But whereas Wildor's exeat from the Royal is strictly temporary (she's being allowed six months out, with Anthony Dowell's blessing), Cooper has burned his boats. Following the dazzling success of AMP's Swan Lake, which turned out to be the longest-running ballet production ever to play in London, he quit the Royal Ballet earlier this year to star in the Los Angeles run of the show (another sell-out). The company has been tight- lipped about his departure, and Cooper in turn has been free with his criticism of the Royal Ballet - that it fails to offer its star dancers sufficient challenges, for instance. All of which might seem to make Wildor's current position more than usually delicate.

"Not at all," she says. "I've been very very lucky with the Royal Ballet and I'm very happy there. Whereas Adam originally had to be coerced into ballet and now wants to do other things, I've always known I wanted to be there and that hasn't changed. I didn't fight to get out of the door or anything. It's just that this invitation came up."

What happens if - more like when - this Cinderella runs and runs? Will she be tempted to loosen the ties with classical dance? "Cross that bridge when we come to it," she says, which sounds like something someone has told her to keep on saying. At any rate, she religiously wears her pointe shoes to the hour-and-a-half class she takes every morning with the rest of the cast. "I'm the only one who wears them and they must think I'm a bit of a nutter, but it keeps my feet strong so that when I go back to the Royal Ballet next February, I'll still be reasonably on form."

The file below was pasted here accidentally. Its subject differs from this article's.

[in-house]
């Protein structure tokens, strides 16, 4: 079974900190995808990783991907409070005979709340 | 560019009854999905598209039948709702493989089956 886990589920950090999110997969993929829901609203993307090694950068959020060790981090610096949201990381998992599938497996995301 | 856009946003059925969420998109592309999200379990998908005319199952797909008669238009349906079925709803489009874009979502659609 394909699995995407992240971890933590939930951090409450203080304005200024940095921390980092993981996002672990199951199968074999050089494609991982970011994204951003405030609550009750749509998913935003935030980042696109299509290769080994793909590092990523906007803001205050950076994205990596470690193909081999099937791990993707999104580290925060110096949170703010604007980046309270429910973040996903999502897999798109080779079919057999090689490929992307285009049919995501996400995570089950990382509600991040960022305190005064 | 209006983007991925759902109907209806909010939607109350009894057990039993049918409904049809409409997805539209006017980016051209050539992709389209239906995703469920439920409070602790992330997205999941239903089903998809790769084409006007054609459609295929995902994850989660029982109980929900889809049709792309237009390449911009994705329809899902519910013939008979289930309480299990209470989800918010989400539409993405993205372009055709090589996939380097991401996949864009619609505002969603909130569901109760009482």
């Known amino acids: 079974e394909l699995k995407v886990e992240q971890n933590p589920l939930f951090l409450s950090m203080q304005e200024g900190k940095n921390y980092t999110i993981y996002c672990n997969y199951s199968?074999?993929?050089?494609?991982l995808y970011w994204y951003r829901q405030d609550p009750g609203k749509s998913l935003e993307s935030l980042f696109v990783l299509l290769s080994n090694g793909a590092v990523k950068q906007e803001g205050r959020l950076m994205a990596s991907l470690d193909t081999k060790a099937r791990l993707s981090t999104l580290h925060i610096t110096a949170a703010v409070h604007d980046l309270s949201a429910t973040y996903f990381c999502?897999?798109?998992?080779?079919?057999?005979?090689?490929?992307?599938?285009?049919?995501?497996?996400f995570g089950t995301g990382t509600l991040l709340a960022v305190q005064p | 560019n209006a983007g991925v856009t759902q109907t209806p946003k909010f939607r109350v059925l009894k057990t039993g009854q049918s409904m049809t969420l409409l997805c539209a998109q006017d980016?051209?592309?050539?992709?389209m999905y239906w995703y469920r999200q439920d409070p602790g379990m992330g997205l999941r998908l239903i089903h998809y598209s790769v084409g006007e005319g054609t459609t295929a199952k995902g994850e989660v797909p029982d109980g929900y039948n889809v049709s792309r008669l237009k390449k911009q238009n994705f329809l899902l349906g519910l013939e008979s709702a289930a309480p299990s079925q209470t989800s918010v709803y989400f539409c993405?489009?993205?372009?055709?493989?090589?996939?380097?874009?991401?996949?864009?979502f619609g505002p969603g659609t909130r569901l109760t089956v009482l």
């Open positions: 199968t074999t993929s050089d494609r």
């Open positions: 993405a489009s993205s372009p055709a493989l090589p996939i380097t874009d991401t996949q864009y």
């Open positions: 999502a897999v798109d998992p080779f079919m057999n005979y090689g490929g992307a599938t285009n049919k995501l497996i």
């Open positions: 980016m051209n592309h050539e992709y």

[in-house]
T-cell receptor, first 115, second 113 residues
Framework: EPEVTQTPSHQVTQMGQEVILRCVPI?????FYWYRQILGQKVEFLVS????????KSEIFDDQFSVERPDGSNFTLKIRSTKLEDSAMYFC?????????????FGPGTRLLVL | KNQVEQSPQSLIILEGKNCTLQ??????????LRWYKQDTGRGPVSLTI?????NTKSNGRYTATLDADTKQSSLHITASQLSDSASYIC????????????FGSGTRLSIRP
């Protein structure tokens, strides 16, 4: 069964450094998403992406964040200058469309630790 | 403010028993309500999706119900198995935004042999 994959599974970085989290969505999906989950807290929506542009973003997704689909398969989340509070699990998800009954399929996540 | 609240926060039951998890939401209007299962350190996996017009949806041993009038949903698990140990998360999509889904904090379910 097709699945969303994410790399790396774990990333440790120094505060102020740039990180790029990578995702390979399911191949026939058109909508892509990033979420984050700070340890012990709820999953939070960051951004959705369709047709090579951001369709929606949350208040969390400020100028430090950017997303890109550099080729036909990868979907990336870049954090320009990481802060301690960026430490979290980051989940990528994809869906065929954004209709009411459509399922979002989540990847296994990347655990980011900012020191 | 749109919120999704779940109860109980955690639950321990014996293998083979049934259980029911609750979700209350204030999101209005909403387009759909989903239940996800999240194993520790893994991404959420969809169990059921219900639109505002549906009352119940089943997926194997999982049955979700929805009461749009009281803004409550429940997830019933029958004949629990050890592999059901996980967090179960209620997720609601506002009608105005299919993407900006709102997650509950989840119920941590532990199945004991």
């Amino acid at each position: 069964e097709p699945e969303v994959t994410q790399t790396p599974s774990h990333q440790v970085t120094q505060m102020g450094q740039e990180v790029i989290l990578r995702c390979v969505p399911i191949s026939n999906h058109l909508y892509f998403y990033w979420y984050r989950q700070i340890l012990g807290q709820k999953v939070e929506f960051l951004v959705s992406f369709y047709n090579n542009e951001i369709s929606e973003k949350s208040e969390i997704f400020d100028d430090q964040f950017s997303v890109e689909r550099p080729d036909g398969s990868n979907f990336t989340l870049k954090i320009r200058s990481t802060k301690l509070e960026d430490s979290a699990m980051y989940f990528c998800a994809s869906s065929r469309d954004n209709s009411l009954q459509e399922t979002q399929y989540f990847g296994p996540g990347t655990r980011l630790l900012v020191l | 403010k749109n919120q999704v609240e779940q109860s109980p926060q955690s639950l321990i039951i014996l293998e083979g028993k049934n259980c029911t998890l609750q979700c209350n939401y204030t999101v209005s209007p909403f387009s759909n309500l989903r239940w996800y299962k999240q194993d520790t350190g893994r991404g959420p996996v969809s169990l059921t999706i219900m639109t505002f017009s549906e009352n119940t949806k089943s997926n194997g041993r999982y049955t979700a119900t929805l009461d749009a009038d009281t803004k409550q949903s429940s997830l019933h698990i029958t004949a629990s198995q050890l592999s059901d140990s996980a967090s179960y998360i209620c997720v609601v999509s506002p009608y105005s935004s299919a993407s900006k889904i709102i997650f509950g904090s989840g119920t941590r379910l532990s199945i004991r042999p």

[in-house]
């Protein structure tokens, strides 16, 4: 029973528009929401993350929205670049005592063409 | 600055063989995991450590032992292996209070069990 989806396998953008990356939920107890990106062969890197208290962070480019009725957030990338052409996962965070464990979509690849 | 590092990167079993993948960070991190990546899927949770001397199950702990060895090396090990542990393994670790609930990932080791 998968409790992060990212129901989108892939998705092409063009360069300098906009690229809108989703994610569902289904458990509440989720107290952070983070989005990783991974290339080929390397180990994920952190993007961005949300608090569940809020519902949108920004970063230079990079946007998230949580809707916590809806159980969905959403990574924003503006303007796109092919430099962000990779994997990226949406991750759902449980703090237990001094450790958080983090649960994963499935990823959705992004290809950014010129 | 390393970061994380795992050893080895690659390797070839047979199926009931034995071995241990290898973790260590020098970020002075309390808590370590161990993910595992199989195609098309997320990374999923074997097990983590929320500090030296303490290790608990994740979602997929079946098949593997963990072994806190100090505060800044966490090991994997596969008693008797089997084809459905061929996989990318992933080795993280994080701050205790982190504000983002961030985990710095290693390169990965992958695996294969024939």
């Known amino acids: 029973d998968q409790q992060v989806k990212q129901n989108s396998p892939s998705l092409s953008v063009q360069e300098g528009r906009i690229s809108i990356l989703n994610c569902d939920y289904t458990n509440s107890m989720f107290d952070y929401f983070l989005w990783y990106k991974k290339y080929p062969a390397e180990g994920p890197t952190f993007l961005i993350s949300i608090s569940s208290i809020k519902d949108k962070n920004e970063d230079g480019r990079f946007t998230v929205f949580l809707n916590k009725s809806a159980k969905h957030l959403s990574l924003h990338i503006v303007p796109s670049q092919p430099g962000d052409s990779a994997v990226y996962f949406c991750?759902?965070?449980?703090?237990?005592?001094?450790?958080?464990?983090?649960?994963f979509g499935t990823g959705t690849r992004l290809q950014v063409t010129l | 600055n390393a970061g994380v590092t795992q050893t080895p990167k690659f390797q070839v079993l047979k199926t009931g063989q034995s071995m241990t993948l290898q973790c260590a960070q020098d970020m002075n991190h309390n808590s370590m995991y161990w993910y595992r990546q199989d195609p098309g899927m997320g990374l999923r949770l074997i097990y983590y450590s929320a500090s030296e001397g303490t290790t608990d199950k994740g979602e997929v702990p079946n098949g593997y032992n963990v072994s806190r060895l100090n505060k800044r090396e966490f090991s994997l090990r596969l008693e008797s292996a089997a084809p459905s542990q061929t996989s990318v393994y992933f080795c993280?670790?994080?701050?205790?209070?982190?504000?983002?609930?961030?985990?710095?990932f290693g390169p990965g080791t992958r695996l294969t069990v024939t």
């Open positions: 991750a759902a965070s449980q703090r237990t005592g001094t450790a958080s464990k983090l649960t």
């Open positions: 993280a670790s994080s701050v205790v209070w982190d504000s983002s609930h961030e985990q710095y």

If AMP's eclectic modern-dance style is quite different from anything she's done before, what is familiar to her is the way Matthew Bourne fuses movement and emotion into one seamless whole. It puts her in mind of Kenneth MacMillan, the choreographer she was just in time to know in person before he died, and whose complex heroines have been her biggest challenges to date. But whereas she might get a crack at Juliet or Manon once or twice a season, a West End production like this runs six nights a week. Thus Cinderella, like Swan Lake, will be triple-cast, and two other AMP dancers - Saranne Curtin and Maxine Fone - are shadowing Wildor in the title role.

"They probably look at me and think - oh dear she's really classical," says Wildor, who, off-stage at least, seems to be the sort of star that might apologise for twinkling too much and spoiling a nice dark sky. "But the great thing is that all the movements Matthew devises can be done in the way that suits each of us best. That means that all three Cinderellas will come out slightly different. And the best thing of all," she enthuses, "will be living with this role over a long period. People tell me I'll be able to develop it and grow with it. I'm looking forward to that."

All very well, but the thing my six-year-old daughter is burning to know, I tell her, is whether in this version Cinderella gets to wear a sparkly dress. "Yes she does," blurts Wildor, then casts an enquiring look at her minder. "I am allowed to say that, aren't I?"

! 'Cinderella': Piccadilly Theatre, W1 (0171 369 1734), now previewing, opens 7 Oct.